Quick Start

Smile is a fast and comprehensive machine learning system. With advanced data structures and algorithms, Smile delivers the state-of-art performance. Smile is self contained and requires only Java standard library. Since v1.4, Smile may optionally leverage native BLAS/LAPACK library too. It also provides high-level operators in Scala and an interactive shell. In practice, data scientists usually build models with high-level tools such as R, Matlab, SAS, etc. However, developers have to spend a lot of time and energy to incorporate these models in the production system that are often implemented in general purpose programming languages such as Java and Scala. With Smile, data scientists and developers can work in the same environment to build machine learning applications quickly!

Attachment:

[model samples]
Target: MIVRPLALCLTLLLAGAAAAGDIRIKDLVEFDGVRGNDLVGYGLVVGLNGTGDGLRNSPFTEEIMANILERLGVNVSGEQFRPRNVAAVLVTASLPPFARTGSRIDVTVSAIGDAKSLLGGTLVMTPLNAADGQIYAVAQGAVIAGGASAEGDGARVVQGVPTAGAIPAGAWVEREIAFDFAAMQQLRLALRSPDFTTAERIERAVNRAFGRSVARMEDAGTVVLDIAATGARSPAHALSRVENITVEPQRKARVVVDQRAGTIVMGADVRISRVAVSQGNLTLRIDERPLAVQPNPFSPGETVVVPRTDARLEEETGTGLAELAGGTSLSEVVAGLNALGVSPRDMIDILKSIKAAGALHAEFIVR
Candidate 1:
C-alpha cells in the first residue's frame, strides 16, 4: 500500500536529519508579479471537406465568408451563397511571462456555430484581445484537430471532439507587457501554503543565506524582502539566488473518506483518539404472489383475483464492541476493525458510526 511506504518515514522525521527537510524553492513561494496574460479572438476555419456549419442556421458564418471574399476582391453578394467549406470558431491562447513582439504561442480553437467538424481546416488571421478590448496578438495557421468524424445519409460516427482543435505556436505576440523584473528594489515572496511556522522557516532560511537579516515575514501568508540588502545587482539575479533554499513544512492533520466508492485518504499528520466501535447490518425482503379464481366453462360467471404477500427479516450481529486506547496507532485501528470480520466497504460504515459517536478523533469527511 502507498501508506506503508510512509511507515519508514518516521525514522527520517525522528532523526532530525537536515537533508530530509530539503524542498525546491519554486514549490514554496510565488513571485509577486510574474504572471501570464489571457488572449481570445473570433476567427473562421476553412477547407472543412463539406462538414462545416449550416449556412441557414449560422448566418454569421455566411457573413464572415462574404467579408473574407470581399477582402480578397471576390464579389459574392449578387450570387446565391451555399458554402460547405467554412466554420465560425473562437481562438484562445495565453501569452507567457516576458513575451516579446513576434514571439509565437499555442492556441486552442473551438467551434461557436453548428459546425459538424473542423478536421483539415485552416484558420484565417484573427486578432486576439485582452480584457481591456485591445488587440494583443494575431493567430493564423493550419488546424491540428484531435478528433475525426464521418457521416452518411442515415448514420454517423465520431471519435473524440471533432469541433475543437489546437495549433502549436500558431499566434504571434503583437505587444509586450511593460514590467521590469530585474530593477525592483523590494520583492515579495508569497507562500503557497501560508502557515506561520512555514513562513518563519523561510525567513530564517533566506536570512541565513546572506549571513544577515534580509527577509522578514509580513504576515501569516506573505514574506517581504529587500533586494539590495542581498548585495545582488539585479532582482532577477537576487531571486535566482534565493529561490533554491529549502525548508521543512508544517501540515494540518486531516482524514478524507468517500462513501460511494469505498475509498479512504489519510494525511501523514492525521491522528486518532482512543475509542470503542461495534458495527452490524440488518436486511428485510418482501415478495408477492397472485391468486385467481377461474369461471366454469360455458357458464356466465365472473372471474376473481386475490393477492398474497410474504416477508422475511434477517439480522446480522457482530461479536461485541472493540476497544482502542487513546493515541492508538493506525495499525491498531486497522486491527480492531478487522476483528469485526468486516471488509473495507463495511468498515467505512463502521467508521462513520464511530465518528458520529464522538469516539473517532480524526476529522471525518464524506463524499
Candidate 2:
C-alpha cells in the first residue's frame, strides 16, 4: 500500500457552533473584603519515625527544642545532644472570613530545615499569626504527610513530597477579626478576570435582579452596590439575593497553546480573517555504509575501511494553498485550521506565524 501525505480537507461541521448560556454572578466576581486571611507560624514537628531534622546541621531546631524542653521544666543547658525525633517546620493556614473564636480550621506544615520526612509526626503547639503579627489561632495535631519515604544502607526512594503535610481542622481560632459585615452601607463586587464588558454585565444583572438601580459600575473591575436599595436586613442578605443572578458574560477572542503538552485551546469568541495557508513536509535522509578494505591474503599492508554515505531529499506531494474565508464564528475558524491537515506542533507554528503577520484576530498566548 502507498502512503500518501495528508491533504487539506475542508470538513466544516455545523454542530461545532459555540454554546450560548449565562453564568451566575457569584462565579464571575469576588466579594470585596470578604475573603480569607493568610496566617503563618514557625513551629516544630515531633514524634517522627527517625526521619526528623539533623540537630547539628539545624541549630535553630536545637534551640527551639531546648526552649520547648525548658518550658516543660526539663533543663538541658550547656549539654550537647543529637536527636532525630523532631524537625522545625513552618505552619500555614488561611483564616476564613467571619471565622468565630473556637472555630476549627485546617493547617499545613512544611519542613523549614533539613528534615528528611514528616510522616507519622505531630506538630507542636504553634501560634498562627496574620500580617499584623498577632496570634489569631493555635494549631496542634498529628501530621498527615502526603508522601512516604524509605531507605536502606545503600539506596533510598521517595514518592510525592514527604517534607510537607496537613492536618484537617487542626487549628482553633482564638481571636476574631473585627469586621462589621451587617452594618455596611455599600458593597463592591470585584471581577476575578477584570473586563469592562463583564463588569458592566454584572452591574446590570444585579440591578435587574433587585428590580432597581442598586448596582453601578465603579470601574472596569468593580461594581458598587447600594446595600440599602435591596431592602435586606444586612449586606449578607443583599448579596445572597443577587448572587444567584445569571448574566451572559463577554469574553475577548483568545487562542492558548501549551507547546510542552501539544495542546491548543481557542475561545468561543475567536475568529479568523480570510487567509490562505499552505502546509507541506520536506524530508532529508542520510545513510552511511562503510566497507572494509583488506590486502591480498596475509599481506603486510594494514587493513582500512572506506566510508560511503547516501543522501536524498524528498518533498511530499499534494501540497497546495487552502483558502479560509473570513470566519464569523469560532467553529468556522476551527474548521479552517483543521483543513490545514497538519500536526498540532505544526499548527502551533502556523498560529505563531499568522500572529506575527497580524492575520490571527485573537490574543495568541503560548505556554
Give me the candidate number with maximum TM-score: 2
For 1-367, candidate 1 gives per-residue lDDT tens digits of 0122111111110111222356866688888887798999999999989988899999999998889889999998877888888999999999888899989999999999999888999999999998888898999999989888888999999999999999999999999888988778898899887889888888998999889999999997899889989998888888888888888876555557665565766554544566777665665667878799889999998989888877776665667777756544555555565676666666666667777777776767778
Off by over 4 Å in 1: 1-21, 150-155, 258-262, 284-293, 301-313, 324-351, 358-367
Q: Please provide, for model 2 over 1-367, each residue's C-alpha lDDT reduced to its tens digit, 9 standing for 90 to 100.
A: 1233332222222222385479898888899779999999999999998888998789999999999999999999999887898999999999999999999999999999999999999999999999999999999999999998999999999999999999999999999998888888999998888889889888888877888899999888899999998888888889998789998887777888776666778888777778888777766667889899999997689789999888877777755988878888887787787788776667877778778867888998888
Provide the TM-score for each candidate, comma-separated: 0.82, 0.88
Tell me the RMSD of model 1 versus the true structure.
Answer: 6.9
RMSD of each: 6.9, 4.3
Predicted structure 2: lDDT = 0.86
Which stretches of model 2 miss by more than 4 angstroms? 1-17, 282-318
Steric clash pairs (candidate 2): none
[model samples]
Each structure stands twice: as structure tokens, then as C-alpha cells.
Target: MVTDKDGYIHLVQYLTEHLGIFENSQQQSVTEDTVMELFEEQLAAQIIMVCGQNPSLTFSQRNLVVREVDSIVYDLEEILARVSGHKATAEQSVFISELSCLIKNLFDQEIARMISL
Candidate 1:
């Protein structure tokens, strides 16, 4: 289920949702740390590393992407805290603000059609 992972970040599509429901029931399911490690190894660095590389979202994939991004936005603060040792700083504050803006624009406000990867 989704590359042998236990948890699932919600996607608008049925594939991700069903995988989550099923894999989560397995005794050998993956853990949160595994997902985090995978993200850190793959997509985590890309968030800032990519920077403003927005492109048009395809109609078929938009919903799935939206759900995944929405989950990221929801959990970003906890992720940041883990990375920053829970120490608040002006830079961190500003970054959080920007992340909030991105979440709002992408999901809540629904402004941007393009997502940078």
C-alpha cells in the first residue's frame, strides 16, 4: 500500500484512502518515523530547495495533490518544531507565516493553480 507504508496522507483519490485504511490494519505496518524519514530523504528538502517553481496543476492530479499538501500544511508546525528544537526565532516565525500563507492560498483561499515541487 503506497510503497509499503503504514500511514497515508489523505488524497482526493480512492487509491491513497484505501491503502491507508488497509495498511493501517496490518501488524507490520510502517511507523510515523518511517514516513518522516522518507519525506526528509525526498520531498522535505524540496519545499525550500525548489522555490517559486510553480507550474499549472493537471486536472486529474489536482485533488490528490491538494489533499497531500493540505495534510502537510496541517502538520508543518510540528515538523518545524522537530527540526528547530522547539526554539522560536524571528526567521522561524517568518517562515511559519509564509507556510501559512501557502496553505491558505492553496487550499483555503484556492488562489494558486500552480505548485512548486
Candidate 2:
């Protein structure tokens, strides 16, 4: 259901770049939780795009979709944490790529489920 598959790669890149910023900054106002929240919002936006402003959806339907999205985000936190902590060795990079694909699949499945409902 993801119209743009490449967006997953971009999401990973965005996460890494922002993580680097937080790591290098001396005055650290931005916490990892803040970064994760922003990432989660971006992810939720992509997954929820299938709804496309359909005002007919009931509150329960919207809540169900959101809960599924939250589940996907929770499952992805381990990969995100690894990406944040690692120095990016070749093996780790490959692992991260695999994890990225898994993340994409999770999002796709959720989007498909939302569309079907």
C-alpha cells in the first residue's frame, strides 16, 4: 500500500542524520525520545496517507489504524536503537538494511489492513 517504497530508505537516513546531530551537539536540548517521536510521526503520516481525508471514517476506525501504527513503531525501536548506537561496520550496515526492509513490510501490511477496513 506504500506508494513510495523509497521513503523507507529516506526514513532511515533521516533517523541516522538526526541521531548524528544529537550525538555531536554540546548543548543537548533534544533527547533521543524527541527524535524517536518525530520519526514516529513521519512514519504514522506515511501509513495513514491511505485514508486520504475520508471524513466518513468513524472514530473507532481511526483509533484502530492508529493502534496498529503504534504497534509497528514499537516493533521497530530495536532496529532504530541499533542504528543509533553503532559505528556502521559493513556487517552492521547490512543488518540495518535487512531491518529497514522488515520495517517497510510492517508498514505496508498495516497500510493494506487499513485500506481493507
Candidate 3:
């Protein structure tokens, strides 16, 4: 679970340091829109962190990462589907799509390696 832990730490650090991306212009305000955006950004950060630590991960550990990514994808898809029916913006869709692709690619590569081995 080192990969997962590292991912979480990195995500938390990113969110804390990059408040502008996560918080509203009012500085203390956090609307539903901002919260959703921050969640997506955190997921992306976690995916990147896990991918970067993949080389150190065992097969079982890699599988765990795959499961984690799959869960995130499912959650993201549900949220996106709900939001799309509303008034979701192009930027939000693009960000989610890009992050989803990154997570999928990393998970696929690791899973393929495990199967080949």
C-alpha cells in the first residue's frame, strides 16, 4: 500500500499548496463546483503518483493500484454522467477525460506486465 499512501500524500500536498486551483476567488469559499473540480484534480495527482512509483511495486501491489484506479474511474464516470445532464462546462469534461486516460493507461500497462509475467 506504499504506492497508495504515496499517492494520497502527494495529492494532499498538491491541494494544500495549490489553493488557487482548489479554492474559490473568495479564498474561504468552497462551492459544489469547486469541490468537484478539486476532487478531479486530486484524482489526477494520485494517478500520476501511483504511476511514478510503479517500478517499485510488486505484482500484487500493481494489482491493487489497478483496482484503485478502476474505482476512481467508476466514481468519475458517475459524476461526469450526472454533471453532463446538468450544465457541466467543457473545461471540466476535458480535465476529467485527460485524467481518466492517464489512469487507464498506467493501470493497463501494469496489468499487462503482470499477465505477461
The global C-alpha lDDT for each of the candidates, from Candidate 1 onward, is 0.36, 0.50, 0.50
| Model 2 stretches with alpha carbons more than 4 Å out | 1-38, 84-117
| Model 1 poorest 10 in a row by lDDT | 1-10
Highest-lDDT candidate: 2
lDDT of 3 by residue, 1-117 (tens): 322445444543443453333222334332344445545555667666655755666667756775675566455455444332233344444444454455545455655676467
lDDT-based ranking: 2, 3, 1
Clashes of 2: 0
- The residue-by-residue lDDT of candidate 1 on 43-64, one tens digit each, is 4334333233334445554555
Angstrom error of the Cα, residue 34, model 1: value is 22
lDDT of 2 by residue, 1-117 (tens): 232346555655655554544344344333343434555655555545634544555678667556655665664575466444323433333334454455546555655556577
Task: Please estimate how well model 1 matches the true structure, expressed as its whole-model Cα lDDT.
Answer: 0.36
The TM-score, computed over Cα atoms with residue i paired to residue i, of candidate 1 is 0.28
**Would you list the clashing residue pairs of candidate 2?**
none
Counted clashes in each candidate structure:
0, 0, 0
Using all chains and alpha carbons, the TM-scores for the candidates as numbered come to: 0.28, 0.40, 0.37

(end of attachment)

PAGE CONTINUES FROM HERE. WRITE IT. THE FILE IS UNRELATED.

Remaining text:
Download

Get Smile from the releases page of the project website. The universal tarball is also available and can be used on Mac, Linux and Windows.

If you would like to build Smile from source, please first install Java 8, Scala 2.13 and SBT 1.0+. Then clone the repo and build the package:


    $ git clone https://github.com/haifengl/smile.git
    $ cd smile
    $ sbt package
    

To build with Scala 2.12, run


    $ sbt ++2.12.10 scala/package
    

To test the latest code, run the following


    $ git pull
    $ ./smile.sh
    

which will build the system and enter the shell.

Smile runs on both Windows and UNIX-like systems (e.g. Linux, Mac OS). All you need is to have Java 8 installed on your system PATH, or the JAVA_HOME environment variable pointing to a Java installation.

Shell